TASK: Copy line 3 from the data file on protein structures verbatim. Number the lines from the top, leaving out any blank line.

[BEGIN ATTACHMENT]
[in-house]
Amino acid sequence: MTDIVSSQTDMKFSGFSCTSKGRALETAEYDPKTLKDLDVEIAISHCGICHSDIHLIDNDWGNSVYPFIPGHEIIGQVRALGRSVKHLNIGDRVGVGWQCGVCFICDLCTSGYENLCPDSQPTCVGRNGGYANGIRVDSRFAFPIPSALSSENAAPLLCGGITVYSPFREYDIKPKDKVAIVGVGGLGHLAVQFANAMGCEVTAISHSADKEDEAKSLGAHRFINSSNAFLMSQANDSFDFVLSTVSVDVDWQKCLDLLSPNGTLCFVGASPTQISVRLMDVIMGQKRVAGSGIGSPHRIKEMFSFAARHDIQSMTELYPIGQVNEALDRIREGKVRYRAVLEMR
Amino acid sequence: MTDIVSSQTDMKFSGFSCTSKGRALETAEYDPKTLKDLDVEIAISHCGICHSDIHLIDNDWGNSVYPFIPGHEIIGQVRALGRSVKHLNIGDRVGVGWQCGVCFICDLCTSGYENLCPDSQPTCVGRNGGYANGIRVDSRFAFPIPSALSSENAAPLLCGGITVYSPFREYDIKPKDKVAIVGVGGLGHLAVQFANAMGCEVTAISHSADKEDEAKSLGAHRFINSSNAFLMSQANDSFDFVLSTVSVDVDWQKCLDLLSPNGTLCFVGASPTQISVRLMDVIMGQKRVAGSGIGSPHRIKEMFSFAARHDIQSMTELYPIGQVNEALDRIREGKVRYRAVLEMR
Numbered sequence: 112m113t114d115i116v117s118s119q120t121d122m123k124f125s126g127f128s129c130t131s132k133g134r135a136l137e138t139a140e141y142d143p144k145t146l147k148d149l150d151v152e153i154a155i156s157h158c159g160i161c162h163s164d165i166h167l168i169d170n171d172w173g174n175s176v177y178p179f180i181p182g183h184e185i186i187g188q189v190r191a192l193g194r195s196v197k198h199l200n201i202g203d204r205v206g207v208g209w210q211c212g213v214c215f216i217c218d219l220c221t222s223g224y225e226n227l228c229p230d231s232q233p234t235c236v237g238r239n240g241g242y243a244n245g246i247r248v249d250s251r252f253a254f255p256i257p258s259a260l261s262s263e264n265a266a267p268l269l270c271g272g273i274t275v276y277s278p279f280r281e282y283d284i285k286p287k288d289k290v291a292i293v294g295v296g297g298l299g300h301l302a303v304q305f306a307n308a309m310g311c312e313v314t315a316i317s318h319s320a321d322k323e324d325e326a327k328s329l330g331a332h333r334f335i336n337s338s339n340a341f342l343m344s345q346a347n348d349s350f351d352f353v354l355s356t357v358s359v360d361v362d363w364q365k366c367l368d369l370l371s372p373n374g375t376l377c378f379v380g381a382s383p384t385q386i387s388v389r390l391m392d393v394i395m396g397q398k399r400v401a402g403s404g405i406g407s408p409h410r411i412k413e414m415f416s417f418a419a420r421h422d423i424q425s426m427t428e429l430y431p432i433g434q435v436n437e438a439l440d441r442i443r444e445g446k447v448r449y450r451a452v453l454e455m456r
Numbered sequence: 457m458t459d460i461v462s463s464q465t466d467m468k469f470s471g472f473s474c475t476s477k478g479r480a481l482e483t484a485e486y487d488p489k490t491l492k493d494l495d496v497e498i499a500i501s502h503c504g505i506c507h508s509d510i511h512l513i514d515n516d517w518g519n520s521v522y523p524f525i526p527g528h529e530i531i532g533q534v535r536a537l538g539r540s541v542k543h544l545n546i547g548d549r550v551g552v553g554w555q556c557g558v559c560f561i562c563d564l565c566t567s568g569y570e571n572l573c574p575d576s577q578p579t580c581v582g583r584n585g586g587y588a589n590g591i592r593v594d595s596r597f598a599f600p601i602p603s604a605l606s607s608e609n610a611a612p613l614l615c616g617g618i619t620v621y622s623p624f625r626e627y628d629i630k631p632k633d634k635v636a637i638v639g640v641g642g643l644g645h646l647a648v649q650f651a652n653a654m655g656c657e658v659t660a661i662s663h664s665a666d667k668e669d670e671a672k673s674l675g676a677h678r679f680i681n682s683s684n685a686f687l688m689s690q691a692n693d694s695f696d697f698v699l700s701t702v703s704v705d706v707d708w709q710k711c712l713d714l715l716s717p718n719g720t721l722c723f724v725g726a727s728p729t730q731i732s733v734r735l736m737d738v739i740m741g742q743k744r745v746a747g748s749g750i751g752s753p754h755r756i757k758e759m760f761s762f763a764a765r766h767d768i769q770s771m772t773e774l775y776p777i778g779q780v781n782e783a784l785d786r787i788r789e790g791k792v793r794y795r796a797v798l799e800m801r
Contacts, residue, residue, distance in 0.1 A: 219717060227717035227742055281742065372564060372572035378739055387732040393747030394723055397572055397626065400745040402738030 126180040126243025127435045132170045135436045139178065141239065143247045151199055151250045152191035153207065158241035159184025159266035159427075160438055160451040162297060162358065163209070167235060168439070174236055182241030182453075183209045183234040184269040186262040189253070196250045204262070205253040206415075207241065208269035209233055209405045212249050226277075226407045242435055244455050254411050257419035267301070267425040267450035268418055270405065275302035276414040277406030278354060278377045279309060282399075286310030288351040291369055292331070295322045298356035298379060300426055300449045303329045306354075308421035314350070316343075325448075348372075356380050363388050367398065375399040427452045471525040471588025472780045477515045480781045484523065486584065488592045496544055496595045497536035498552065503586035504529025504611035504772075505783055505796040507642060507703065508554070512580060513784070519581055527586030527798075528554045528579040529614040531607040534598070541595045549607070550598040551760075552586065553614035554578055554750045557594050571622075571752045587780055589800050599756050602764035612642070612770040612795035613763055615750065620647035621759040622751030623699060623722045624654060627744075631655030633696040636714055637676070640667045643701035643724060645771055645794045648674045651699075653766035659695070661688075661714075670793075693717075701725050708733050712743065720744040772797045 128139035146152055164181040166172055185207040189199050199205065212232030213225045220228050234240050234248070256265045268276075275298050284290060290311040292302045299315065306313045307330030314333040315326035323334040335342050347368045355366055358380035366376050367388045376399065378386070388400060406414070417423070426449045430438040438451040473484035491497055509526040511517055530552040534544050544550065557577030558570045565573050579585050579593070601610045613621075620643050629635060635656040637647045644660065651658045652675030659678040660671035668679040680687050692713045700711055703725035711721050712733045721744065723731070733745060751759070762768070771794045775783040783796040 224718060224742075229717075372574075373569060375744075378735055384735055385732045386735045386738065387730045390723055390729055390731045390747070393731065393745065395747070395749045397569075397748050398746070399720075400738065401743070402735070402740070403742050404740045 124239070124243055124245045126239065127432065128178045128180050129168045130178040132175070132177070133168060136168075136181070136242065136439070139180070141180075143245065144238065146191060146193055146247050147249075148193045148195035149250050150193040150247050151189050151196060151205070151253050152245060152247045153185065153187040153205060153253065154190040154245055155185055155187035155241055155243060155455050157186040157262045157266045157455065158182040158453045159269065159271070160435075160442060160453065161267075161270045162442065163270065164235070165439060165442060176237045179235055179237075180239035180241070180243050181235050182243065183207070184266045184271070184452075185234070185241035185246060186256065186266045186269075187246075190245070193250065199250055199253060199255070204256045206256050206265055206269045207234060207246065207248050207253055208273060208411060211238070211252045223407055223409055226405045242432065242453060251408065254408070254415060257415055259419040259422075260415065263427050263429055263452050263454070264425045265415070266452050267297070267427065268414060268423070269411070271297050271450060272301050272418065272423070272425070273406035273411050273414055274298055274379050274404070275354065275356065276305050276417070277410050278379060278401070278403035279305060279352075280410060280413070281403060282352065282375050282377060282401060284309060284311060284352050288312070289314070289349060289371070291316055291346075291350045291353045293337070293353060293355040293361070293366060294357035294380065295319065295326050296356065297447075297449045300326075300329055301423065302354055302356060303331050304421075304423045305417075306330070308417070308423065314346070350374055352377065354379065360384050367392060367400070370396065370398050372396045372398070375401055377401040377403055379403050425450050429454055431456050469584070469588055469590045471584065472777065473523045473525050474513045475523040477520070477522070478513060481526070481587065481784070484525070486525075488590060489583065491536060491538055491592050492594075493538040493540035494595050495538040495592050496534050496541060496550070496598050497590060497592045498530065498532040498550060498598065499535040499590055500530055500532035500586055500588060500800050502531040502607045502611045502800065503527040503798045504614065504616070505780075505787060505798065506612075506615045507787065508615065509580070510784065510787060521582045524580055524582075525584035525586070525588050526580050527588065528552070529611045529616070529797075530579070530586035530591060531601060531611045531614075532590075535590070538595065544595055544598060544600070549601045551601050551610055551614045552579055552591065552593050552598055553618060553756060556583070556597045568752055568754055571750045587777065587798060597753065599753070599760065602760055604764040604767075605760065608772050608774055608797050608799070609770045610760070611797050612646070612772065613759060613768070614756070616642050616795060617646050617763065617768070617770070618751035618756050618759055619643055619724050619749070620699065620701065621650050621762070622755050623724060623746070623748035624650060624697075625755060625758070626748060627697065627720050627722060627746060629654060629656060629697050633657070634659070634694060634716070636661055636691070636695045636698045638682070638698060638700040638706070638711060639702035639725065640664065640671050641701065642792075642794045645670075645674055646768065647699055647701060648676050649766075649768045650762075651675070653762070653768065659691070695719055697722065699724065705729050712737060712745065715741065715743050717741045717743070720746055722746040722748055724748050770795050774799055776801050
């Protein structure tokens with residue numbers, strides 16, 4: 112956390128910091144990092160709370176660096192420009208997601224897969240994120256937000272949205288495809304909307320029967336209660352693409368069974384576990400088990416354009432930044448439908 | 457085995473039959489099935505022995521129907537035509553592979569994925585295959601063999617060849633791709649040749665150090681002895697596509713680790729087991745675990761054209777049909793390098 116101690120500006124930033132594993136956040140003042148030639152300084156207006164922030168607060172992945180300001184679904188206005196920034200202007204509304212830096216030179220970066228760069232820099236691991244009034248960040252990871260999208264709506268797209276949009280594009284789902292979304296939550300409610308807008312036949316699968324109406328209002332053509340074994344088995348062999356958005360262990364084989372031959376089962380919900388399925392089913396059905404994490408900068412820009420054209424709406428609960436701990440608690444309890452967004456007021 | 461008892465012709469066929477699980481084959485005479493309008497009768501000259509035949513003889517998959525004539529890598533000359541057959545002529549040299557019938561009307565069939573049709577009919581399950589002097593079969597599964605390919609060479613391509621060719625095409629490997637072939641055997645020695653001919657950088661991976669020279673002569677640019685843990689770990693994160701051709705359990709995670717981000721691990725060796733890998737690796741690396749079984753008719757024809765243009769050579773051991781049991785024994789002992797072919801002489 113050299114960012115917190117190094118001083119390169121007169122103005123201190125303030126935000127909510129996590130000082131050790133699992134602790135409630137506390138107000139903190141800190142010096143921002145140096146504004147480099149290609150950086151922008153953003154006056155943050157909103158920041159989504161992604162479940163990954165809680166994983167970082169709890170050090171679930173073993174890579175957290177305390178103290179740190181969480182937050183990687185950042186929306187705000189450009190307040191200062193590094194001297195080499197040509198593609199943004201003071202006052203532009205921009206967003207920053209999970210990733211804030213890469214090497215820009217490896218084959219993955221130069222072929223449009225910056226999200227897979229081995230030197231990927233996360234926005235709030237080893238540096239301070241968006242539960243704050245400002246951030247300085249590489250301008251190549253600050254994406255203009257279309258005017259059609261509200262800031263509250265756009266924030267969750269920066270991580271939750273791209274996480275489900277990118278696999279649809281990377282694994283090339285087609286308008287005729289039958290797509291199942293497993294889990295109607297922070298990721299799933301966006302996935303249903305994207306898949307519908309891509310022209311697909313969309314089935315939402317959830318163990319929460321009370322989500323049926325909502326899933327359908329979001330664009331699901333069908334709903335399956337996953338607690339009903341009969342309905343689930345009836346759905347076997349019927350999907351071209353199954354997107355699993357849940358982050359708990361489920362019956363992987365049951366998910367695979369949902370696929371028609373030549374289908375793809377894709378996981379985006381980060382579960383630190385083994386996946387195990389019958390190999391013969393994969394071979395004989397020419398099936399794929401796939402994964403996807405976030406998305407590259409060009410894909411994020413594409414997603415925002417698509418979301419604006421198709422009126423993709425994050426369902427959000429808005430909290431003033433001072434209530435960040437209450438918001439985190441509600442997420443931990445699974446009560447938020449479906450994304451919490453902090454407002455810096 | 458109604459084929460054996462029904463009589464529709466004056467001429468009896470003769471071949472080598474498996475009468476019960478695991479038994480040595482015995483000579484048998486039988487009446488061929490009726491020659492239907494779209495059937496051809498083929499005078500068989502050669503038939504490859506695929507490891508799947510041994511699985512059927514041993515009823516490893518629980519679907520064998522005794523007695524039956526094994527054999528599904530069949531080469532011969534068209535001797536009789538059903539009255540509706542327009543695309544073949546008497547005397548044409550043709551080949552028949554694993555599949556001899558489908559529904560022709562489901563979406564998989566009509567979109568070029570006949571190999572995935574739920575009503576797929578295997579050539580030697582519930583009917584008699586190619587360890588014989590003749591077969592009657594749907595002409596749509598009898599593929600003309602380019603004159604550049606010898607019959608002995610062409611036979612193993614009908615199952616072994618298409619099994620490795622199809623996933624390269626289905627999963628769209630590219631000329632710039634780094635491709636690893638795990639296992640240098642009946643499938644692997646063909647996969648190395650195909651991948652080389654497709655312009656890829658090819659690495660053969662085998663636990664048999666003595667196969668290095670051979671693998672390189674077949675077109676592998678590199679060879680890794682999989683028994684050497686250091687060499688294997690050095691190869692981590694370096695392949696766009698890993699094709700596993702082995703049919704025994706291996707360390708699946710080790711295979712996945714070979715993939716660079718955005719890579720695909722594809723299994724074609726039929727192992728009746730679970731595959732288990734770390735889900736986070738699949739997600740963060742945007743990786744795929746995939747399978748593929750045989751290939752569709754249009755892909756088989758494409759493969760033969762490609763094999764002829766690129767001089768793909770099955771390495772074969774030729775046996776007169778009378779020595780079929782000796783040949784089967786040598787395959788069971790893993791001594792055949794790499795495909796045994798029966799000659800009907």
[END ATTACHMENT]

Amino acid sequence: MTDIVSSQTDMKFSGFSCTSKGRALETAEYDPKTLKDLDVEIAISHCGICHSDIHLIDNDWGNSVYPFIPGHEIIGQVRALGRSVKHLNIGDRVGVGWQCGVCFICDLCTSGYENLCPDSQPTCVGRNGGYANGIRVDSRFAFPIPSALSSENAAPLLCGGITVYSPFREYDIKPKDKVAIVGVGGLGHLAVQFANAMGCEVTAISHSADKEDEAKSLGAHRFINSSNAFLMSQANDSFDFVLSTVSVDVDWQKCLDLLSPNGTLCFVGASPTQISVRLMDVIMGQKRVAGSGIGSPHRIKEMFSFAARHDIQSMTELYPIGQVNEALDRIREGKVRYRAVLEMR